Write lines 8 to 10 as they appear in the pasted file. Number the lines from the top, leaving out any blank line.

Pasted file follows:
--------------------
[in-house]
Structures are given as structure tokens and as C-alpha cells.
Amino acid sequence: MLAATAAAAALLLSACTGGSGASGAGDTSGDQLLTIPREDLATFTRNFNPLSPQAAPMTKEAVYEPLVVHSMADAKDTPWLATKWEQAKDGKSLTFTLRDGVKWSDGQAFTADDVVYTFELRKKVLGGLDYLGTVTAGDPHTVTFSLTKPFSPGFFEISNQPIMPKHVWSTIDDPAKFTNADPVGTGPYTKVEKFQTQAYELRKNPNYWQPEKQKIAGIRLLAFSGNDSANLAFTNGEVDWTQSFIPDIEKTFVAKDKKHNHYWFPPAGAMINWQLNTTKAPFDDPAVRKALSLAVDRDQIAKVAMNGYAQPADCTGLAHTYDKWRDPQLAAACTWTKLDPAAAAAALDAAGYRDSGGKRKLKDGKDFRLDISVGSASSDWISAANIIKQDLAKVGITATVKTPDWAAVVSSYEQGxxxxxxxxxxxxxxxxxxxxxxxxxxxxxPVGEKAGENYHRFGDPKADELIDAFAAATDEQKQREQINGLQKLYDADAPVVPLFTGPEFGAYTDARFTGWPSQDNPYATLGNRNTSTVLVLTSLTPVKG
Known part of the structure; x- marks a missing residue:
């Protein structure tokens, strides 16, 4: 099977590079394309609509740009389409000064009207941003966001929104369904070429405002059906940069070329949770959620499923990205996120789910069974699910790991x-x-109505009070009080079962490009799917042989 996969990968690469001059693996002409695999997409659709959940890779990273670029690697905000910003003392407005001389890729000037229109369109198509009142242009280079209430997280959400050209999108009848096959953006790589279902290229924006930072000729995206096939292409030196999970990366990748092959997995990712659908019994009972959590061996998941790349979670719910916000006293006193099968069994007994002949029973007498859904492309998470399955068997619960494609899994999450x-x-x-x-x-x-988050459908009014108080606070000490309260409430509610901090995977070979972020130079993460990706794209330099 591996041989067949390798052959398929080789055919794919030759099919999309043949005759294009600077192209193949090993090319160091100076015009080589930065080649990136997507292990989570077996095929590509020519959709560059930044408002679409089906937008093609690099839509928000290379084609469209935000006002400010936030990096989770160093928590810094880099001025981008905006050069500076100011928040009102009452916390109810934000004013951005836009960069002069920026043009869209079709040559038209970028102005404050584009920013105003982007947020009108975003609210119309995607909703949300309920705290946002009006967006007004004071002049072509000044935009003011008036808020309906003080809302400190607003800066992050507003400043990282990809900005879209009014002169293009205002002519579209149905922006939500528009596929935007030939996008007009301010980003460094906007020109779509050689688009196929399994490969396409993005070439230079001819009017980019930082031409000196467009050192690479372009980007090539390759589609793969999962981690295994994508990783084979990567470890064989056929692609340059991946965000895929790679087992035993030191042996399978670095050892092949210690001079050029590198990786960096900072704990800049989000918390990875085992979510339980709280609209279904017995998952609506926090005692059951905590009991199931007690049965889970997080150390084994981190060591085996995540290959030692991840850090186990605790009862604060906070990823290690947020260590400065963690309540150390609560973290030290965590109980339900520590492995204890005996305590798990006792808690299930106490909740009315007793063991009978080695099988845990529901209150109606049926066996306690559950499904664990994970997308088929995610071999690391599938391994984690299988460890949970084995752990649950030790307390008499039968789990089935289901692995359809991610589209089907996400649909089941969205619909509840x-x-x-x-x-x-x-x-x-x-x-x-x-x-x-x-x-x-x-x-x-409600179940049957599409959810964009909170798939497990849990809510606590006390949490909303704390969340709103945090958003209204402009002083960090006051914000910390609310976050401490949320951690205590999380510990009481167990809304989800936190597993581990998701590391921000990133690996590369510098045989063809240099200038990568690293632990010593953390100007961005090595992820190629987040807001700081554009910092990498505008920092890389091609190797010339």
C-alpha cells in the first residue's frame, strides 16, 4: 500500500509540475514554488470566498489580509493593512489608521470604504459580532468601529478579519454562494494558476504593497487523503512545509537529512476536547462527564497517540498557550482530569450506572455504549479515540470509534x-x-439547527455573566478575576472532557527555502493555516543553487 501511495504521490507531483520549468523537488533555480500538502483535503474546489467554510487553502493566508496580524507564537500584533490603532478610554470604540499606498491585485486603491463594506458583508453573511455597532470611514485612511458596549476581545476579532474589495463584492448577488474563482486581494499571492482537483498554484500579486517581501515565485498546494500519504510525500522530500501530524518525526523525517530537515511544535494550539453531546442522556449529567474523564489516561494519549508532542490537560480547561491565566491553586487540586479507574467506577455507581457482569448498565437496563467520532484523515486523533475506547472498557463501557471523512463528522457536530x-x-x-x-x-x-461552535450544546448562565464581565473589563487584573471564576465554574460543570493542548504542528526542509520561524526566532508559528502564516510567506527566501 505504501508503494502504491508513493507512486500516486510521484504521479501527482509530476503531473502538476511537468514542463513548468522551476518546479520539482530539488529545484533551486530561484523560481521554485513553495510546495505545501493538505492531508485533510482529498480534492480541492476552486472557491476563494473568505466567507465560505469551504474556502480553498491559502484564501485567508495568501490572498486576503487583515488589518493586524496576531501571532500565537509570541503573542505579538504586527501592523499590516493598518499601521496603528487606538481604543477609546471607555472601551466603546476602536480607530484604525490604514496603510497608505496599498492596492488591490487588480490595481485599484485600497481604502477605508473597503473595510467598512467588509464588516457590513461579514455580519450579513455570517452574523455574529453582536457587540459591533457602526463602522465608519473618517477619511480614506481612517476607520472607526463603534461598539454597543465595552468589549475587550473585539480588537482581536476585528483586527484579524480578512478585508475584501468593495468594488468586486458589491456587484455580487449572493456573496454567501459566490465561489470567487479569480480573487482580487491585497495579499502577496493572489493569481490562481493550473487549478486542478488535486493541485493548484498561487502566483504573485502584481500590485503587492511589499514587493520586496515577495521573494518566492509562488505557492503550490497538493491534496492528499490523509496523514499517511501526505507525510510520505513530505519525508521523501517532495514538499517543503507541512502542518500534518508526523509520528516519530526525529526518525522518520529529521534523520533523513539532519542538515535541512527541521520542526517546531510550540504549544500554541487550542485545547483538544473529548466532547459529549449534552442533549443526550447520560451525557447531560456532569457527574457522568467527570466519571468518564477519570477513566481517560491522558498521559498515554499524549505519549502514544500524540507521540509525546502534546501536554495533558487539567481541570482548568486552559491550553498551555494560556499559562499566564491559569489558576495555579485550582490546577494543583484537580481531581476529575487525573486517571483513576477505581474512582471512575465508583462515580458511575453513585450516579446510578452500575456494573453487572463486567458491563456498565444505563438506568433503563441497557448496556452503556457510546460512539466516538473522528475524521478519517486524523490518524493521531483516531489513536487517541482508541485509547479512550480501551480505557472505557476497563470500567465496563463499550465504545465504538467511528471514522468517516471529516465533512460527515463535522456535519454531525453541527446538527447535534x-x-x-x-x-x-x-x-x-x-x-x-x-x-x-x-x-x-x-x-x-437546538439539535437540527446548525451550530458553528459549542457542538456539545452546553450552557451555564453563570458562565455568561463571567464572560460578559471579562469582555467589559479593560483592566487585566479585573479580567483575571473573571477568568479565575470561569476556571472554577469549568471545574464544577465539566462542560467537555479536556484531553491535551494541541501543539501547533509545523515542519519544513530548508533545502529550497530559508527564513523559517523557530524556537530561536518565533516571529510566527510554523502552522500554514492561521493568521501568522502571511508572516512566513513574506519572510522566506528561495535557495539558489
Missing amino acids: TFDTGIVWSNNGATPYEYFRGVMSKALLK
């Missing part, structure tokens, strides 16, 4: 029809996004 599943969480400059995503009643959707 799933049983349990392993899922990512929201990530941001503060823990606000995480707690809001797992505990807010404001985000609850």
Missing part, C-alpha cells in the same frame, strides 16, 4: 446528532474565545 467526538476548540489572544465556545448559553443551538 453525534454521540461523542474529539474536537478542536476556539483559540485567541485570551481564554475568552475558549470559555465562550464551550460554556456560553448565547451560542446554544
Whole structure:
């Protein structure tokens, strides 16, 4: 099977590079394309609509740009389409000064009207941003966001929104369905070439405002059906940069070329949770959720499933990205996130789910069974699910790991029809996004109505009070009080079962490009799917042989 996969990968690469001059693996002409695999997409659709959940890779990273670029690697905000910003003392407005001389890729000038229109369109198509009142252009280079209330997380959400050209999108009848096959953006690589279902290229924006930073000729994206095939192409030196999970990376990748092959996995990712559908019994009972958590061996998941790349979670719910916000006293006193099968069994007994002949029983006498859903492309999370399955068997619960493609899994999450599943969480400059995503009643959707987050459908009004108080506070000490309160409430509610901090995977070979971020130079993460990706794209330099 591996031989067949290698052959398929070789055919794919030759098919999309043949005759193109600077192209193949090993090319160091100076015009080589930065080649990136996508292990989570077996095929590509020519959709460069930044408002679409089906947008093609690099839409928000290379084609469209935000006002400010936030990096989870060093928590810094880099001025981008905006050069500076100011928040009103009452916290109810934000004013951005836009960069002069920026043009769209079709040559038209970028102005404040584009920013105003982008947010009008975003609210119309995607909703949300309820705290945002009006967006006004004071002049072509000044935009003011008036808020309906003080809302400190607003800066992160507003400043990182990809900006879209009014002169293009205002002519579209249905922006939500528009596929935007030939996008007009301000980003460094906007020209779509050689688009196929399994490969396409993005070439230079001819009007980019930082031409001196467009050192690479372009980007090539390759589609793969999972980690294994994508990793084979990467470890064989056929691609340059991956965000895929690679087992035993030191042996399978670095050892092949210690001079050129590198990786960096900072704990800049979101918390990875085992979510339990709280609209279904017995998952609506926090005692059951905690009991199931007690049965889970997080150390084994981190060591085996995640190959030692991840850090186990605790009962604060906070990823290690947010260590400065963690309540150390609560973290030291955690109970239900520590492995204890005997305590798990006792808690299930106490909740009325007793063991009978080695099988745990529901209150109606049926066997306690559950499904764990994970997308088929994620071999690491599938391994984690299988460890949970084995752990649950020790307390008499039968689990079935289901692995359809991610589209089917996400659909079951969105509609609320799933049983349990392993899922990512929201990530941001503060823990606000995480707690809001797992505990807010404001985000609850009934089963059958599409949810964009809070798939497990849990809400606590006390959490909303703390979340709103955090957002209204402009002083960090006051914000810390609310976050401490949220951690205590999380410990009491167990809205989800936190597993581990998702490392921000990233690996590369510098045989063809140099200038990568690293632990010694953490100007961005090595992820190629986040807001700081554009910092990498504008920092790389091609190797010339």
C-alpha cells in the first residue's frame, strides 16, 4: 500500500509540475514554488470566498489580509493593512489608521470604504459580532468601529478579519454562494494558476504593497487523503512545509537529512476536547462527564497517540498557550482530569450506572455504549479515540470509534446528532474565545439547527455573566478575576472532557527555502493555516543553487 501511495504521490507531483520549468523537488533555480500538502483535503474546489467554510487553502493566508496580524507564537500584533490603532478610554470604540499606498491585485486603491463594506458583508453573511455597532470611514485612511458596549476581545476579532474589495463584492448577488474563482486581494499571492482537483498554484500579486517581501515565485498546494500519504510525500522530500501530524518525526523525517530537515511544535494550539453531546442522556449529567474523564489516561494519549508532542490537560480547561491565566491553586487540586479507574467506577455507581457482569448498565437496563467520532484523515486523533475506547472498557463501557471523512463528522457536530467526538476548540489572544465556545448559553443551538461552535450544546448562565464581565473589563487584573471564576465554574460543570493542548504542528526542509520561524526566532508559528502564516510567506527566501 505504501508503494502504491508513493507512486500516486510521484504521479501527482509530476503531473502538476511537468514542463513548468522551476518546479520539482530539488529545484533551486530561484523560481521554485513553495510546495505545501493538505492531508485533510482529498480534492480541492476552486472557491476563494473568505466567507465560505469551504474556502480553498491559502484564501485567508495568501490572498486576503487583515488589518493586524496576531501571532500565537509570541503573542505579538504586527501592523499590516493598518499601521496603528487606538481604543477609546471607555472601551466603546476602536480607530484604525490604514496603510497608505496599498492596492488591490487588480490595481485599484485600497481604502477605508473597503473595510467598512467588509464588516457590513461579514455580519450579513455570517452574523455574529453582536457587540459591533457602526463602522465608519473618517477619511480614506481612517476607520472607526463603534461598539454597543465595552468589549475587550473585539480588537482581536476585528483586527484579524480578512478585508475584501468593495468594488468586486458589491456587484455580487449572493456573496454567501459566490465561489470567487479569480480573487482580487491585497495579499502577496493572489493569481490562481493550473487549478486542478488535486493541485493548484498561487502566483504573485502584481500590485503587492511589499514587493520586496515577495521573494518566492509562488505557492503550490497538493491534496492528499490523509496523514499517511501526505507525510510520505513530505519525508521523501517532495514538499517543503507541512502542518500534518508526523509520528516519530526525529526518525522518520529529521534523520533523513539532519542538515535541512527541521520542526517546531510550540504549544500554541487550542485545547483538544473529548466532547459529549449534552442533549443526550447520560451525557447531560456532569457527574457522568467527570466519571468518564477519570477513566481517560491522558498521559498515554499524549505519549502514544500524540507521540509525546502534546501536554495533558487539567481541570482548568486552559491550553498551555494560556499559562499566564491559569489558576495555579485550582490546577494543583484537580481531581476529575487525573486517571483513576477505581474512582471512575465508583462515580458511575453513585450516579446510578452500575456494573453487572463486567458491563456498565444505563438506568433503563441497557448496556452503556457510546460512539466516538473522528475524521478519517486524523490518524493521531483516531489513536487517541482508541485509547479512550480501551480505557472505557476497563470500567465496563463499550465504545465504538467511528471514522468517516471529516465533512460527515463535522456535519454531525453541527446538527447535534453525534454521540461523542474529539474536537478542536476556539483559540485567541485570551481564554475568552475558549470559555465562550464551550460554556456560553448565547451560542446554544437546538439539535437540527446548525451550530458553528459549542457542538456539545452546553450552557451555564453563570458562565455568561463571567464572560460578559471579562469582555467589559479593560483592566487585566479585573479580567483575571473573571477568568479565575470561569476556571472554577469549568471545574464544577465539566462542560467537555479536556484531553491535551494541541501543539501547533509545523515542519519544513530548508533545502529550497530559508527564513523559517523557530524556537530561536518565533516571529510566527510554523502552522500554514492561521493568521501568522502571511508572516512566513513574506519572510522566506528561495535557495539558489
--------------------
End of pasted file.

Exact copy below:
């Missing part, structure tokens, strides 16, 4: 029809996004 599943969480400059995503009643959707 799933049983349990392993899922990512929201990530941001503060823990606000995480707690809001797992505990807010404001985000609850």
Missing part, C-alpha cells in the same frame, strides 16, 4: 446528532474565545 467526538476548540489572544465556545448559553443551538 453525534454521540461523542474529539474536537478542536476556539483559540485567541485570551481564554475568552475558549470559555465562550464551550460554556456560553448565547451560542446554544
Whole structure: